I created a patch! I have a bunch of them. Read below for info on how to get a patch, and to learn how the patch was made.
Over the past few months, I've been steering the content on Comet.cool towards being slightly more about projects (while still keeping all of the other fun and goofy stuff too). I am testing the hypothesis that if someone writes about a project that they themselves are passionate about, a few things will happen: first of all, they will be more motivated in that project, the project will be more rewarding, and other people will feed off of their enthusiasm and passion.
So, I will give you one of these very exclusive and moderately desireable patches in exchange for a single post onto this site documenting the initiation, progress, or completion of a project (big or small). If you want help with the post, let me know.
(If nobody is interested in writing about projects, then I will give up and hand out the patches for free after a few months)
For the past few months, I've been experimenting with designs for a Comet.cool t-shirt, hat, or some other kind of merchandise. The problem was, I couldn't really see myself (or anyone else) actually wearing Comet.cool clothing. So, I decided to instead design an embroidered patch. I liked this better because the patch could be ironed onto a piece of clothing if desired, or it could just be tucked away somewhere like a badge of honor without any expectation of actually being worn in public.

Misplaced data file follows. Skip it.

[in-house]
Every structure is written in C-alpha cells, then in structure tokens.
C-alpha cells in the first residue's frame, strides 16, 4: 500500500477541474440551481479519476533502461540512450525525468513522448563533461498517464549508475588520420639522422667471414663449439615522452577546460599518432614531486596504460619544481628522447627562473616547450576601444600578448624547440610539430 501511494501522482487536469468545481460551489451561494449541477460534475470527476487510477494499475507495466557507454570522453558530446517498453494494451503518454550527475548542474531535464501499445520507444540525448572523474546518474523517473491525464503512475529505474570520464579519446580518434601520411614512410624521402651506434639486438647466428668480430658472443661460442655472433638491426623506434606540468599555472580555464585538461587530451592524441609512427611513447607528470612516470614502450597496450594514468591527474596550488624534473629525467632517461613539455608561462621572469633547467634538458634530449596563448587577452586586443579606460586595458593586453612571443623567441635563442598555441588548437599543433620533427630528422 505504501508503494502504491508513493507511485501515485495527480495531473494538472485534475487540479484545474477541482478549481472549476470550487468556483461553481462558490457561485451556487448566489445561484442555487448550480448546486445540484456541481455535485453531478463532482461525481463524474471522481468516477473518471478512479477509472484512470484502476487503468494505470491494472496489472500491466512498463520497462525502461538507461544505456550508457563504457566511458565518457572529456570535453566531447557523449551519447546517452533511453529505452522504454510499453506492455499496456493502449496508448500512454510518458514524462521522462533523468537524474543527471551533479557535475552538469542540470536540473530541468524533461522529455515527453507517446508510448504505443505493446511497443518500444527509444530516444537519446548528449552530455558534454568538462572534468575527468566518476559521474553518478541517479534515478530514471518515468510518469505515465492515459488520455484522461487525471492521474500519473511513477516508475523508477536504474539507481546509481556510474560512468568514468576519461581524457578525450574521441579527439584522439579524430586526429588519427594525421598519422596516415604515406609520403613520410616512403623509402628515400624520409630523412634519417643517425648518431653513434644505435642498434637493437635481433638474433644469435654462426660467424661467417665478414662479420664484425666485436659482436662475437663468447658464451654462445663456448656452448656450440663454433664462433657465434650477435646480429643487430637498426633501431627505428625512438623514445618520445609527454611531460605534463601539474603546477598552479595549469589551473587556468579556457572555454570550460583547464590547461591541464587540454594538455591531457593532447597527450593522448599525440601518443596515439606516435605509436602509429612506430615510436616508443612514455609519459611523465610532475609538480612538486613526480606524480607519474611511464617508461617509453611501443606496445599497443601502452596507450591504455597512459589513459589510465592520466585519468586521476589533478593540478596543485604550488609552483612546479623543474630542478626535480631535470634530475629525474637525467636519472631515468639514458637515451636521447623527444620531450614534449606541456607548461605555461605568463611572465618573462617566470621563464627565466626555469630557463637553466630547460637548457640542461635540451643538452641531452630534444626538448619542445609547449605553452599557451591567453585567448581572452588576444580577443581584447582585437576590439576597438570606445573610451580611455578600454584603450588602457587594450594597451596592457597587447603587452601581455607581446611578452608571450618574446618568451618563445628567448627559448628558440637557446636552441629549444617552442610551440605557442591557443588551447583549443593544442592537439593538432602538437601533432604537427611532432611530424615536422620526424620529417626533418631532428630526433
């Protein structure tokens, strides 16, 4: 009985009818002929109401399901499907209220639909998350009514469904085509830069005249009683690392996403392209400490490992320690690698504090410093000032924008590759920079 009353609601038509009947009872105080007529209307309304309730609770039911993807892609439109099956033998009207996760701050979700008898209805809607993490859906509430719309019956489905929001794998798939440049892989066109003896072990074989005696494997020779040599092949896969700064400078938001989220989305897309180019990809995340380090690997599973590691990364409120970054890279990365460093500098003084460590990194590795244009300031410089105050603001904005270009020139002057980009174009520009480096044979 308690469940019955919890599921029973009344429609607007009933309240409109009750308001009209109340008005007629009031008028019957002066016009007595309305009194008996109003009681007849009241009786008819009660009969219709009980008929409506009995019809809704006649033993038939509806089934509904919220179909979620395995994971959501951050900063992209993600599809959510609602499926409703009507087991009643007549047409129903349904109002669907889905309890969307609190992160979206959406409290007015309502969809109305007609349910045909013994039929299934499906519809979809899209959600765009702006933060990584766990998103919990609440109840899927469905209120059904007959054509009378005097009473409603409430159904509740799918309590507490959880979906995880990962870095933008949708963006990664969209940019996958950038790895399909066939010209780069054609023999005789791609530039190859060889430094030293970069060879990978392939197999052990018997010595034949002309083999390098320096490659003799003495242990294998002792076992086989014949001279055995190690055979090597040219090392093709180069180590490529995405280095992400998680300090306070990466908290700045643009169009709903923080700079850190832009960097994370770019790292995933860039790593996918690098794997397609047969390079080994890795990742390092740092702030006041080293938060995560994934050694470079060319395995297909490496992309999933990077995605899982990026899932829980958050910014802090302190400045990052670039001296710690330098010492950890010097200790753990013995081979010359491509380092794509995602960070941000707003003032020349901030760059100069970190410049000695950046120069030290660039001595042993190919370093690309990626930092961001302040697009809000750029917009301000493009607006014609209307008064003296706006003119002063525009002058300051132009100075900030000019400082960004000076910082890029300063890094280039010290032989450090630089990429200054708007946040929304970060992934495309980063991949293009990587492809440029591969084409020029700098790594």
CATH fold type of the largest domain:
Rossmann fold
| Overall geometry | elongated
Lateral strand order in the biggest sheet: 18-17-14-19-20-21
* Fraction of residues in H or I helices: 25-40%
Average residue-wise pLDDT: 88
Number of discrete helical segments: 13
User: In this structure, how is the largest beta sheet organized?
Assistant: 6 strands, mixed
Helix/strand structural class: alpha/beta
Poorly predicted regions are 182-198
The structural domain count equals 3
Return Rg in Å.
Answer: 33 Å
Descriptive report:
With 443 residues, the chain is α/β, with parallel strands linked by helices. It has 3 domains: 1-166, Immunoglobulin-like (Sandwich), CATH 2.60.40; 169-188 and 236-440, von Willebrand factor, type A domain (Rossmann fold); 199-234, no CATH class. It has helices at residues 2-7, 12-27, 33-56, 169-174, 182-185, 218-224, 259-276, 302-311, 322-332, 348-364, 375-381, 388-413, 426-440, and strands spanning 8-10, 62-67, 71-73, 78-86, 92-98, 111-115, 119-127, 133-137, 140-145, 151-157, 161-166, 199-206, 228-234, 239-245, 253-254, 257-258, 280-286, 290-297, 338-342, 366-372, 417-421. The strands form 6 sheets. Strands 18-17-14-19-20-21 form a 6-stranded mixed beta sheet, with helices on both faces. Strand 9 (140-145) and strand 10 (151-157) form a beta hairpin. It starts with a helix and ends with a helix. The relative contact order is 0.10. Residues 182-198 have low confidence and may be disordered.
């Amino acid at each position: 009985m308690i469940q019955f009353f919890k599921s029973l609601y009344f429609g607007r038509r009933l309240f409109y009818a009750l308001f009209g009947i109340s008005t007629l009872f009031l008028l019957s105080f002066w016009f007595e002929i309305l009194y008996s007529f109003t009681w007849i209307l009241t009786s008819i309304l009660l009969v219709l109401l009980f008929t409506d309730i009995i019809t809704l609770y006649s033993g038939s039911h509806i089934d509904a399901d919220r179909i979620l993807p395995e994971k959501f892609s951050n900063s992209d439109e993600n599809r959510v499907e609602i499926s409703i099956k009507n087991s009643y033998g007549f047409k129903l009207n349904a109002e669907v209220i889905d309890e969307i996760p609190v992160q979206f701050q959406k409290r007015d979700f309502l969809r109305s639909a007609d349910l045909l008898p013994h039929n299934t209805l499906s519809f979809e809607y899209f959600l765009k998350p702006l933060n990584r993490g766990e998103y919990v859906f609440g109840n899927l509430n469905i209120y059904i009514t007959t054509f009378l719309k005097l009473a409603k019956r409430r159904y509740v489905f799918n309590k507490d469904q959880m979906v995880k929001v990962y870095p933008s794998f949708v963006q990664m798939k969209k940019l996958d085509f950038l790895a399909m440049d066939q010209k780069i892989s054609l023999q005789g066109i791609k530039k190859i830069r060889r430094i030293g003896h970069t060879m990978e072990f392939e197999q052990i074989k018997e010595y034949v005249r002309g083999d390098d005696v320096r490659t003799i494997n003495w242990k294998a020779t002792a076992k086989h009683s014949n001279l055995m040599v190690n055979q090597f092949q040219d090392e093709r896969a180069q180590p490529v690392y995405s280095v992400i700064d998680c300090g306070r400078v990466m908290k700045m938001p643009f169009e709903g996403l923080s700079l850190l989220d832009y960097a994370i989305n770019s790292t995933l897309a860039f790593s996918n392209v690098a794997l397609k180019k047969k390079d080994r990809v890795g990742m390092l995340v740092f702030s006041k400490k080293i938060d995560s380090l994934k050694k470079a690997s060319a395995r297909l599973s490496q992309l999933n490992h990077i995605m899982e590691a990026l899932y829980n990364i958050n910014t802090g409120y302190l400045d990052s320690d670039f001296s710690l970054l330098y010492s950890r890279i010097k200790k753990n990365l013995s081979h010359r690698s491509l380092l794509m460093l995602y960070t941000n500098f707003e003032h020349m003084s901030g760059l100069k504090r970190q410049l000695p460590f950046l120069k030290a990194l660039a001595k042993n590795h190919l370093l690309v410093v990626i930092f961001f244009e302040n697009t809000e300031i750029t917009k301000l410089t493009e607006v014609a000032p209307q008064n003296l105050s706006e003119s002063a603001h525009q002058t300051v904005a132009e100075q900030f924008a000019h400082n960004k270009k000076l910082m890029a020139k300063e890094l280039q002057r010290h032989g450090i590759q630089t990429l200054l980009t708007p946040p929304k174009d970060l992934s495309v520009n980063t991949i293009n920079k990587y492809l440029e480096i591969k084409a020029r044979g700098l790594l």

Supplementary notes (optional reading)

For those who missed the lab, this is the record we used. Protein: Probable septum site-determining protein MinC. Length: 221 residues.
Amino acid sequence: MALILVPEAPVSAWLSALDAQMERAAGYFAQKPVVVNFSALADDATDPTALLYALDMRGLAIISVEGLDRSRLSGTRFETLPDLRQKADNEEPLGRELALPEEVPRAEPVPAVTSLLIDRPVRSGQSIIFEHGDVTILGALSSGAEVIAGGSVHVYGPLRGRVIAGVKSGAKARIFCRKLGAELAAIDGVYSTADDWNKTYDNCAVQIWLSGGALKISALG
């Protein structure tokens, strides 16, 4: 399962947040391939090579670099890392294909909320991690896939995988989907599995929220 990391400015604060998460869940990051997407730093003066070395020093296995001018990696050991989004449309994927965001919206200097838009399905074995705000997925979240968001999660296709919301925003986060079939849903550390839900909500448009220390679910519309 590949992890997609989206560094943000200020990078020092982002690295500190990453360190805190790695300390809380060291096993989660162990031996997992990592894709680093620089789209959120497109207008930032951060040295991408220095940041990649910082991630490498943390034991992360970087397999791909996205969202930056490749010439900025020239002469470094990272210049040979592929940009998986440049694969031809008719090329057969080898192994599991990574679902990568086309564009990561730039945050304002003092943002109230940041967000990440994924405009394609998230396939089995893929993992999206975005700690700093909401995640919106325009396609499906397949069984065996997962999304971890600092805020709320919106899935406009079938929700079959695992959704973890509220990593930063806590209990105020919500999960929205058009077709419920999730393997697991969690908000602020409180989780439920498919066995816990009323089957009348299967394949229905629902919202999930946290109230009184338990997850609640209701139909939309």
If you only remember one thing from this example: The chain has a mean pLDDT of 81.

The picture above shows the design process I went through to make the patch. I haven't ever designed a patch, so I had to do some reading to figure out what design principals to follow for embroidery. I realized I would need to keep the design relatively simple, avoid color gradients, and limit the color palette. Beyond that, I knew I wanted a somewhat geometric design with highly contrasting colors. I started with paper and pen, then used CAD to quickly sketch the "COMET" characters. I finished the design off using image editing software.
I commissioned www.qualitypunch.net for the actual embroidering. I recommend this site if you need to do any similar work. They were extremely helpful and responsive throughout the whole process.